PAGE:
Sidney graduate student Rob Weatherup reflects on plans for investment in graphene research.
At the Conservative party conference Chancellor George Osborne pledged £50m towards the development of new technologies based on graphene, the so-called 'miracle material' of the twenty-first century. The government hopes that the money will help turn pioneering UK research into an array of technologies that could secure jobs in research and development, and manufacturing.
Researchers at Cambridge University are at the forefront of the development of the industrial potential of graphene, including Sidney student Rob Weatherup who is currently completing a PhD in the Hofman Research Group at the Department of Engineering. The potential impact of graphene is enormous but there are a series of obstacles to be overcome, as Rob explains:
"Graphene is a single-atom thick sheet of carbon atoms, arranged in a hexagonal, honeycomb structure which has been shown to have quite astounding properties. It is very strong, transparent and highly conductive with electrons able to travel through it remarkably quickly. There are a whole host of applications that could take advantage of these properties, including ultrafast electronics, flexible roll-up touchscreens, and new lightweight composite materials. One of the biggest obstacles to realising these applications is finding an economical method for producing high-quality graphene over large areas (up to several m2).
My work focuses on growing such large-areas of graphene, which typically involves heating a metal foil in a Furnace and adding a carbon containing gas such as methane. The carbon in the gas arranges itself on surface of the metal which acts as a sort of atomic template, and if we’re careful, we can grow a graphene sheet the same size as the metal foil. The problem is that ideally we’d like to have the graphene on other materials such as glass and plastics where we can take advantage of its properties, and so at present we have to transfer the graphene using some tricky and time-consuming processes. We’re currently working on new ways to produce graphene directly on these materials, but this is no mean feat as non-metals tend to be much worse templates for producing graphene.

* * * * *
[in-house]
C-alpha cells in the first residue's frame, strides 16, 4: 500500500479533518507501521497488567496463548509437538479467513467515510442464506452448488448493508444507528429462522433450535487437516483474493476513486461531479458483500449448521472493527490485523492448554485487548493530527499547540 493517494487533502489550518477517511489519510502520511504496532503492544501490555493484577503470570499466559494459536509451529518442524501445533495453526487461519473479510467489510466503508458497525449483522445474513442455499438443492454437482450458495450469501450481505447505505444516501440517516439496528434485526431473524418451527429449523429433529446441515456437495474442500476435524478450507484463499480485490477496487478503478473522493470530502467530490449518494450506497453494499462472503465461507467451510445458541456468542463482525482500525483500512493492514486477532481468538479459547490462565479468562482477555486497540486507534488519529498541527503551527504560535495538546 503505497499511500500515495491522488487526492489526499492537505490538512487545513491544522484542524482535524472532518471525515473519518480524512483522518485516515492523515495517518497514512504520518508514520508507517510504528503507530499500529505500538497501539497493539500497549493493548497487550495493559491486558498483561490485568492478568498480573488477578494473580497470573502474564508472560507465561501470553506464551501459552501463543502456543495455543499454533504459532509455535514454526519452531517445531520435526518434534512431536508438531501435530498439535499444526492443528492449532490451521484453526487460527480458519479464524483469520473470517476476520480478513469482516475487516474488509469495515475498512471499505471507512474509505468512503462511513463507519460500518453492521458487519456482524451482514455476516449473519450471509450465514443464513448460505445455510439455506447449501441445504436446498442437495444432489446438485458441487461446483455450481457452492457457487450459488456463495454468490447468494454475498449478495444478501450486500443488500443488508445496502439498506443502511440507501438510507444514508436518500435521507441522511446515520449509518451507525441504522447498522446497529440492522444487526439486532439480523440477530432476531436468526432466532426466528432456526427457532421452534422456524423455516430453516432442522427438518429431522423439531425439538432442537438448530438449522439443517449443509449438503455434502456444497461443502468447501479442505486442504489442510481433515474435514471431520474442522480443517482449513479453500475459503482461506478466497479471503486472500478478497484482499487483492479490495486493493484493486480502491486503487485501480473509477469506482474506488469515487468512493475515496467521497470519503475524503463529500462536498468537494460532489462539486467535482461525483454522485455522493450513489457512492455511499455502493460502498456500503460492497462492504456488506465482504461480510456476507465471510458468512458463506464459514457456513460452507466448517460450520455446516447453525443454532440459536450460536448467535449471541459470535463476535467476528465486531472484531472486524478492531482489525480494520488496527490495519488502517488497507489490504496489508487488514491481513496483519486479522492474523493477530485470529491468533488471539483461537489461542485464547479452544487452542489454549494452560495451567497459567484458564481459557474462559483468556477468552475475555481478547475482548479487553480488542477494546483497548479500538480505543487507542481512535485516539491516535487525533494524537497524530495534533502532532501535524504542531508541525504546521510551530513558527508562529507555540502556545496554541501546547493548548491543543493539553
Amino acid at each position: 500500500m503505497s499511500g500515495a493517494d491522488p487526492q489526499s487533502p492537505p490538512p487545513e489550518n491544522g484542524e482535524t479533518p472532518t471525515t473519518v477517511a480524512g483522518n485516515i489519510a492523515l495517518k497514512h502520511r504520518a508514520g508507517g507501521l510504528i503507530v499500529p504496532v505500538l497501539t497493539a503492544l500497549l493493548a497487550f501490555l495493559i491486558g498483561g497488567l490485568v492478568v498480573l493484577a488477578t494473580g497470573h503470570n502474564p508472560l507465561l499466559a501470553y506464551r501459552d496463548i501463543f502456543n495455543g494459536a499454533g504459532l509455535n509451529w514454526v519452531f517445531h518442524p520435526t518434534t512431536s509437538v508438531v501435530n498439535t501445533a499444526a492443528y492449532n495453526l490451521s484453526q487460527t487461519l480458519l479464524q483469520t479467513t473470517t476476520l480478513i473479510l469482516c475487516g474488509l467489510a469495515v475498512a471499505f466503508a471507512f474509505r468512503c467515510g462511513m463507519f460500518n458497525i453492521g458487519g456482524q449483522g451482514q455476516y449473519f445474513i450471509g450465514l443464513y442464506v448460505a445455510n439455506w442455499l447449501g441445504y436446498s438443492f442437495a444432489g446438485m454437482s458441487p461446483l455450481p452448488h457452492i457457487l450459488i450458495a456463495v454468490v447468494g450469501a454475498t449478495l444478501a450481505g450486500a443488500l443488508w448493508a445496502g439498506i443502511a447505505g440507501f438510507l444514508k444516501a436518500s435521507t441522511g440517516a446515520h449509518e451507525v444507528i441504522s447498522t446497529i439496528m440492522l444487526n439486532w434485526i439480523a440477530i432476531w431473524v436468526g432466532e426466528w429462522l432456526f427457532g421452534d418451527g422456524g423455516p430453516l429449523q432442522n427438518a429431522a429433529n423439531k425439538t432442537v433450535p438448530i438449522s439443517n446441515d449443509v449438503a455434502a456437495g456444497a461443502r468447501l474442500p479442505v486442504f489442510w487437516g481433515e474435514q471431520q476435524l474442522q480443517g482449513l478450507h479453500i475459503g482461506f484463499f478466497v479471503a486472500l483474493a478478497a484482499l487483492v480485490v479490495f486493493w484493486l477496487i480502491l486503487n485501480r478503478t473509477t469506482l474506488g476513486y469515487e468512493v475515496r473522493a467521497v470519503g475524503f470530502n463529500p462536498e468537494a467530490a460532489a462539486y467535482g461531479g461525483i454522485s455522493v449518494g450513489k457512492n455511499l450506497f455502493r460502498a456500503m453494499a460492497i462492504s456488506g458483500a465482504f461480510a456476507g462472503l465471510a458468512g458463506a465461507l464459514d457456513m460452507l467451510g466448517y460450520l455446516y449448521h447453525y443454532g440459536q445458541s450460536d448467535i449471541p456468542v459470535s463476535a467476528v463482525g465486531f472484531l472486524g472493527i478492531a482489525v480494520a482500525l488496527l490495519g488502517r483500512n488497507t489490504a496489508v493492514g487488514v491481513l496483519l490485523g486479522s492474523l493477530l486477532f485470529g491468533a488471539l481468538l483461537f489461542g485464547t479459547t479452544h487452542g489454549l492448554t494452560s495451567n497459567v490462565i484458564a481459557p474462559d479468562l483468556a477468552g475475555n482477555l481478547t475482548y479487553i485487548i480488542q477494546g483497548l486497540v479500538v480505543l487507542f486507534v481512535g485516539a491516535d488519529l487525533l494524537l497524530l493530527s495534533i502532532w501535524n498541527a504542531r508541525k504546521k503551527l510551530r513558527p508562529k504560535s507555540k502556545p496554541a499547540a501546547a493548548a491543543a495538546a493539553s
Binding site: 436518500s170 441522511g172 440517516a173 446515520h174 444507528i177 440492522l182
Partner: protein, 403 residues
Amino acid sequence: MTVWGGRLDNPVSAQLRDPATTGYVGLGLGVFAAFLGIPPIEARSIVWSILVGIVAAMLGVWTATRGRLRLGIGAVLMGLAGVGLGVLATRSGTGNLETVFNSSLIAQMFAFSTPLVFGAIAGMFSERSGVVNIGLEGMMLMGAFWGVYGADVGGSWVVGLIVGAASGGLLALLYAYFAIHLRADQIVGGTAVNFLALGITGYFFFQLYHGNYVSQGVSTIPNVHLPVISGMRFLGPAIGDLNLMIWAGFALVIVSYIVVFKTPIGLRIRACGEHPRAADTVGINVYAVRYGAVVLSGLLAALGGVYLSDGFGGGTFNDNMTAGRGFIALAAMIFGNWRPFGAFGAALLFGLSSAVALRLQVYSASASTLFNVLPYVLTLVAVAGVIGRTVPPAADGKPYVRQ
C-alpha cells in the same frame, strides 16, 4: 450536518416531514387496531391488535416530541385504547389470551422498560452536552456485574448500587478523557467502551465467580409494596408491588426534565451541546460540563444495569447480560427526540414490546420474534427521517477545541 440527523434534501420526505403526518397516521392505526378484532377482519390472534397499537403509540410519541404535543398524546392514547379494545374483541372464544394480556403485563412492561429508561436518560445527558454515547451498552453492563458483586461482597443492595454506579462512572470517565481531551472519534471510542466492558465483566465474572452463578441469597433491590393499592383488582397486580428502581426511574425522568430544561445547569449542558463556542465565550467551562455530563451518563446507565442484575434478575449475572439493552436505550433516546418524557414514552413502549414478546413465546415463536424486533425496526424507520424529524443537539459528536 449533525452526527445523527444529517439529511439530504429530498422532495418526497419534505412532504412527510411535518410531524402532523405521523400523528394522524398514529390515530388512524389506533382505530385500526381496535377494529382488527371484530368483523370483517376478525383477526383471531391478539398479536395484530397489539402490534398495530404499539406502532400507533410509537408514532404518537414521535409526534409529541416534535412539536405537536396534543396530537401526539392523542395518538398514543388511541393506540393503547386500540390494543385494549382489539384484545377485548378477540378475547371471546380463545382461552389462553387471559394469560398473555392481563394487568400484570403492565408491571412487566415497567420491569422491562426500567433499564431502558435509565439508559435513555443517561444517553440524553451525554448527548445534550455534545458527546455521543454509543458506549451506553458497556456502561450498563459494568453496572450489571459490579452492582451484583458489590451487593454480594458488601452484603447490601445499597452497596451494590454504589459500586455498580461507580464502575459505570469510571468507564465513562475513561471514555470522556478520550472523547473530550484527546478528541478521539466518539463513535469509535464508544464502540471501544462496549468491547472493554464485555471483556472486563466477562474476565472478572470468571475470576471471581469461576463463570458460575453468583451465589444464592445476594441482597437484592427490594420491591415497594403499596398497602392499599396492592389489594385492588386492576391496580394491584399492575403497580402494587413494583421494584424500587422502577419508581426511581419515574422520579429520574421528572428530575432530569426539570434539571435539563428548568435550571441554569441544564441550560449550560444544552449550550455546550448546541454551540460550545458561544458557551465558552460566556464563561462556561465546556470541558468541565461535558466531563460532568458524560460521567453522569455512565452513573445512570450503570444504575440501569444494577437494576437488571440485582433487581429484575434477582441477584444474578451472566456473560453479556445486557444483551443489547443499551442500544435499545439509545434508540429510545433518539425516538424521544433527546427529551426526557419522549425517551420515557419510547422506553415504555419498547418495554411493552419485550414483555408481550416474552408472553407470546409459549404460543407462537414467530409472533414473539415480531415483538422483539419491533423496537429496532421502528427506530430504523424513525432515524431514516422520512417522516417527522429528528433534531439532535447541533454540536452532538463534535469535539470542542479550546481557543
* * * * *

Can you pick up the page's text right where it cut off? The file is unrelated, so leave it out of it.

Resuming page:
Another major obstacle is persuading large technology companies to start using this wonder material. The electronic industry has used silicon to make microchips for over 50 years, and spent a lot of money to get them working well, so they’re reluctant to completely change to using a new material even if it would make chips much faster. Therefore one of the major goals of our research is to try to integrate Graphene directly in to existing silicon microchips, as a complementary material which may help ease the transition to using graphene more widely in the future. We have in fact had some success in this area and we recently managed to lower the growth temperature for graphene to be compatible with existing silicon electronics.
Graphene certainly has a lot of promise, and it’s great to see the government taking research in this area seriously. With the political will to develop this technology, and interesting challenges to overcome, it’s a perfect time to be carrying out research in this exciting field."
This is an archived news story, first posted in 2011.
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